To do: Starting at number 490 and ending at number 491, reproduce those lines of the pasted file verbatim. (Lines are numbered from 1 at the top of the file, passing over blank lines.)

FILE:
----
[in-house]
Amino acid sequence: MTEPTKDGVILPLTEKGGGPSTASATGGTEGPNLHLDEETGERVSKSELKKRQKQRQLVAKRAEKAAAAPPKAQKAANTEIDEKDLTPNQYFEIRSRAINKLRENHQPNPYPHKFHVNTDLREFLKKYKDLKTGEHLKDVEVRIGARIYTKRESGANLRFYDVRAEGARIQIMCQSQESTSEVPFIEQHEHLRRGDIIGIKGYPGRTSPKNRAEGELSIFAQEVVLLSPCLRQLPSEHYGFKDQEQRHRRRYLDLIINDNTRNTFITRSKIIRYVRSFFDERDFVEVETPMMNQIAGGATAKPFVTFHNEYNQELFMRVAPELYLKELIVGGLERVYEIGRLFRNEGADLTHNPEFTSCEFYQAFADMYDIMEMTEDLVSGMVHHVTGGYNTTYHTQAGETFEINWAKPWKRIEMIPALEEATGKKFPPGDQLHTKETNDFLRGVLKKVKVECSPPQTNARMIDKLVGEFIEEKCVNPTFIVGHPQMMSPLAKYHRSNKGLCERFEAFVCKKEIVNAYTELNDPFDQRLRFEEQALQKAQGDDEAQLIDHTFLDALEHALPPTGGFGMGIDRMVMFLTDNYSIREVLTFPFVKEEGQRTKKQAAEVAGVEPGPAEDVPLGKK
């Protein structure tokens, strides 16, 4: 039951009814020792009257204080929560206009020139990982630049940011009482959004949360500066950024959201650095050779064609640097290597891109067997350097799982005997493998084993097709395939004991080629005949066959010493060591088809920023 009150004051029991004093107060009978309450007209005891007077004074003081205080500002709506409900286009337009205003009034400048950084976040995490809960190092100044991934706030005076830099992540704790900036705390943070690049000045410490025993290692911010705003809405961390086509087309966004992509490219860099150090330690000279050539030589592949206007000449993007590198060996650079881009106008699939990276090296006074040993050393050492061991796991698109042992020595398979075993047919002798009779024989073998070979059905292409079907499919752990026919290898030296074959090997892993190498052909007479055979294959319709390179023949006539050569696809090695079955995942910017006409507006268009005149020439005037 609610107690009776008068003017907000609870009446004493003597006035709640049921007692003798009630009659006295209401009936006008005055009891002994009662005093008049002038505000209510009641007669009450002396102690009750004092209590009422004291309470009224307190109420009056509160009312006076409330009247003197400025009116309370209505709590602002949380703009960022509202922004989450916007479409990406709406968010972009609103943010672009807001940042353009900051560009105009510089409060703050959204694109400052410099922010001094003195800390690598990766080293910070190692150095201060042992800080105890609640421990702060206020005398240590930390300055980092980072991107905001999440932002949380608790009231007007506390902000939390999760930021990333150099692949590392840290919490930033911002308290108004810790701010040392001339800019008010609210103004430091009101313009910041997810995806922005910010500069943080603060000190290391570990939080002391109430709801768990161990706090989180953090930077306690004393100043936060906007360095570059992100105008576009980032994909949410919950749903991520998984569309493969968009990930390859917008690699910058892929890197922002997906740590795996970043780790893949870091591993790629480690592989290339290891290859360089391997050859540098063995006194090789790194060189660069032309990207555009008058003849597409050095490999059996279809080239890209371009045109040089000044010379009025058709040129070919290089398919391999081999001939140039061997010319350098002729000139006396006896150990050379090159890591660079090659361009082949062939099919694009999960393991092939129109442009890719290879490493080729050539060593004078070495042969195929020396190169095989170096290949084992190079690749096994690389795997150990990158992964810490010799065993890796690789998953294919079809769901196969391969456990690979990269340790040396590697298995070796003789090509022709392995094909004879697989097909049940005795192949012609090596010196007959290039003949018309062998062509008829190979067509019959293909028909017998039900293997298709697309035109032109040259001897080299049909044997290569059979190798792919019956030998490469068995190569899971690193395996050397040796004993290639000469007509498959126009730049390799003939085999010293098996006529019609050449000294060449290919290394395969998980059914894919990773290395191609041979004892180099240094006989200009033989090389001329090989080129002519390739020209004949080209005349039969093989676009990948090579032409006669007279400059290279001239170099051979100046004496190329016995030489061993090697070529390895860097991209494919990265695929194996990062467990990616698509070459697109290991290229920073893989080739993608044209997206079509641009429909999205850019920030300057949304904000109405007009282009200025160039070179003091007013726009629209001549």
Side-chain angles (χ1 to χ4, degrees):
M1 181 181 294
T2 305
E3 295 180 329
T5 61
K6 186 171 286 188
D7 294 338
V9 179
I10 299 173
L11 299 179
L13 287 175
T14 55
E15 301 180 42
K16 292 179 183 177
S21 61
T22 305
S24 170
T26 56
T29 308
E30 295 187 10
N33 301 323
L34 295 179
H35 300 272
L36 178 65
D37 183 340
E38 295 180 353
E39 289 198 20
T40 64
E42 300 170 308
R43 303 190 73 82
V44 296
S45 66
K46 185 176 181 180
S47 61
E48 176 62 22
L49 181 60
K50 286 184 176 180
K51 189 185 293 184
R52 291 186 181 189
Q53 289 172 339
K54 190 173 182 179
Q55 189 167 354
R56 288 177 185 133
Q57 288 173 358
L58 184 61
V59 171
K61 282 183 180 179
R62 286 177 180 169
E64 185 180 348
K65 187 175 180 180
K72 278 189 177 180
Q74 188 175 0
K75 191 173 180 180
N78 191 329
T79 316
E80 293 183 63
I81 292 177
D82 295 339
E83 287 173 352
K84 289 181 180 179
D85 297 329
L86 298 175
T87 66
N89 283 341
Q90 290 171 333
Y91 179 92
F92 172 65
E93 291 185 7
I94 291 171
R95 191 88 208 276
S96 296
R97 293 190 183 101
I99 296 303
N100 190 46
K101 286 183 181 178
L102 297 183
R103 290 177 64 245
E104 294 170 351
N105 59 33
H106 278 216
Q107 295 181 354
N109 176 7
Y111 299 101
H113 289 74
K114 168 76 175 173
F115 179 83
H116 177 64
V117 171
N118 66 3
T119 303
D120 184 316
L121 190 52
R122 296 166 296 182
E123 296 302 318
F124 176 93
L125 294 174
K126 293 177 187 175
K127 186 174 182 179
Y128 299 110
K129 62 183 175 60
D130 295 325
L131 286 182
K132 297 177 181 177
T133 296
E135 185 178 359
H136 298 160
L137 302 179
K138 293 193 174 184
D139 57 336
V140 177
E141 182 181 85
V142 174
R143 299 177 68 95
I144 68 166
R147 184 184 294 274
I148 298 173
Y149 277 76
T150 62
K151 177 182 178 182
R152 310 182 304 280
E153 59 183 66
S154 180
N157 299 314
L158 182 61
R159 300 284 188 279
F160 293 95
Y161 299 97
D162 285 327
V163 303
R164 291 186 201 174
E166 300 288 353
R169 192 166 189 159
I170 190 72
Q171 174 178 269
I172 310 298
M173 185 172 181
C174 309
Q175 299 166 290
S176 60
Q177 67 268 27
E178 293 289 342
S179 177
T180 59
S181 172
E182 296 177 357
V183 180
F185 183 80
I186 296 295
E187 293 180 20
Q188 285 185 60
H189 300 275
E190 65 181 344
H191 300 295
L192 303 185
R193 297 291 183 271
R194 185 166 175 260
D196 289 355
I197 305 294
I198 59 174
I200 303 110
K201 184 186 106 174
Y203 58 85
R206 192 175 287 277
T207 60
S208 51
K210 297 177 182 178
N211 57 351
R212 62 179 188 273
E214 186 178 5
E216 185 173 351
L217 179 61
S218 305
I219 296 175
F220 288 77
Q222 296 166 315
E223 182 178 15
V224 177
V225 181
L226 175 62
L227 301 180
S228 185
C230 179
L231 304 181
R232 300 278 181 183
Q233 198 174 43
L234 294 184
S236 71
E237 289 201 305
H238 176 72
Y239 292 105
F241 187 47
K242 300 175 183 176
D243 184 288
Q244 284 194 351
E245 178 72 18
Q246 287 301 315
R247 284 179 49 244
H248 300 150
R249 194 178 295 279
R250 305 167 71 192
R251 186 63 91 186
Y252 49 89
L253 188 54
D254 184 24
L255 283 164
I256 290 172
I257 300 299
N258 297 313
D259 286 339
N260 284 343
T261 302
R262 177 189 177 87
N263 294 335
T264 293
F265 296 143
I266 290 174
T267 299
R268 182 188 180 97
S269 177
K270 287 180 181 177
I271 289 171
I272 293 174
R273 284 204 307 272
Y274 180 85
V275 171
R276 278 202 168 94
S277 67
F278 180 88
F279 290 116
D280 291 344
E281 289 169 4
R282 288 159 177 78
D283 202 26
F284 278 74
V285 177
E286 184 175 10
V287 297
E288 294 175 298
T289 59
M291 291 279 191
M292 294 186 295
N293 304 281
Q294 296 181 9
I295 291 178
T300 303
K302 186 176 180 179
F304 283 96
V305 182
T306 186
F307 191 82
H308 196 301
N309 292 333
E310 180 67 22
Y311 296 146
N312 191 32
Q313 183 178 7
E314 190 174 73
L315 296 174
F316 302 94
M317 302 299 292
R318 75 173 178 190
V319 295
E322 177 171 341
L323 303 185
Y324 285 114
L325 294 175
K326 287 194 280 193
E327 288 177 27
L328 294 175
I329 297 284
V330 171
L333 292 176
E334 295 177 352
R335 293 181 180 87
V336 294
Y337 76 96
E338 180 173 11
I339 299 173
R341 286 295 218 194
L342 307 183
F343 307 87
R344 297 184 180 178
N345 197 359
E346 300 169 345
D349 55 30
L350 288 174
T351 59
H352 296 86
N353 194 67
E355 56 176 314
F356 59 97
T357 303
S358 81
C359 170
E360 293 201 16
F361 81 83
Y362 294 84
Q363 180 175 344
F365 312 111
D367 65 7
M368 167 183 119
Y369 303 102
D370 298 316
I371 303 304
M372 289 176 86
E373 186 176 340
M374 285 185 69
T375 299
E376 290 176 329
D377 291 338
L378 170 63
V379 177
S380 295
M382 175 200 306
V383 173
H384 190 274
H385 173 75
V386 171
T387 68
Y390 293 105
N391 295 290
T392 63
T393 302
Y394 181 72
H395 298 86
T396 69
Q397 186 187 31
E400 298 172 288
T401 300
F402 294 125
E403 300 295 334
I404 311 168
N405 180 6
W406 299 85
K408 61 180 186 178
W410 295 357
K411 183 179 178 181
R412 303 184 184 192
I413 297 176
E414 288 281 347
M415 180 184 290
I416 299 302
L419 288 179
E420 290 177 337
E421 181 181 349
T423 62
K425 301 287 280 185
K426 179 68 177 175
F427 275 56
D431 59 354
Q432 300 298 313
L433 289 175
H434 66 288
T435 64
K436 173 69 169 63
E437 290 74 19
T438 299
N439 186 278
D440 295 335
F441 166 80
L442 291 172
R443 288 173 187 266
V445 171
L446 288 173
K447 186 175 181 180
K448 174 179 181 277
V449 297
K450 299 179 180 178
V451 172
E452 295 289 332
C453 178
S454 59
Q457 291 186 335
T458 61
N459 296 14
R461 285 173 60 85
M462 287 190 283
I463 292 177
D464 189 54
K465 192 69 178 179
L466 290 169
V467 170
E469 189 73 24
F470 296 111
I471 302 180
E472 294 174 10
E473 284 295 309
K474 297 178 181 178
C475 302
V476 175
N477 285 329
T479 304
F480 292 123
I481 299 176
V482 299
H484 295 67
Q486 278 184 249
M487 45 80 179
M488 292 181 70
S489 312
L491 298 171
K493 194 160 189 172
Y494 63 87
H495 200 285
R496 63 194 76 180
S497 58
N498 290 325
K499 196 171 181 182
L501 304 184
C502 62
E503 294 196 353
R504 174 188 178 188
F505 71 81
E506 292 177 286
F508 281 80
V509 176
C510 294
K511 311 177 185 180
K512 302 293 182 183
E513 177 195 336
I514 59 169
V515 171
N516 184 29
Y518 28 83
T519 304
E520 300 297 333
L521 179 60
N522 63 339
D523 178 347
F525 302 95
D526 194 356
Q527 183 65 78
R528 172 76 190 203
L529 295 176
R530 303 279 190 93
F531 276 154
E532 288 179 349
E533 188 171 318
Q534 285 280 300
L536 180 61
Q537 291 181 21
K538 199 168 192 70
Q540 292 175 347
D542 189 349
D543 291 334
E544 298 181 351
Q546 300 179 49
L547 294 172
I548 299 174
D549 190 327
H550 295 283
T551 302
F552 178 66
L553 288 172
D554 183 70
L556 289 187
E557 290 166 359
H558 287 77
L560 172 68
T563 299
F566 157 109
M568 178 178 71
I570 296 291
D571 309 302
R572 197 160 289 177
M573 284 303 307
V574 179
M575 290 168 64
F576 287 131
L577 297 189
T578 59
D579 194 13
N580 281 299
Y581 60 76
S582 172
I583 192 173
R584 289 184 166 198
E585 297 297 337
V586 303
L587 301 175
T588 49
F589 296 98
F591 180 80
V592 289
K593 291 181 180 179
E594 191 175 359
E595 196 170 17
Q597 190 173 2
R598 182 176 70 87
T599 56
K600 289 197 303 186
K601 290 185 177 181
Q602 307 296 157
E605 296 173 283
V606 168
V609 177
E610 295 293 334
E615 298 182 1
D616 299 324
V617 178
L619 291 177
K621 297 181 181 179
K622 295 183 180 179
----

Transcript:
E595 196 170 17
Q597 190 173 2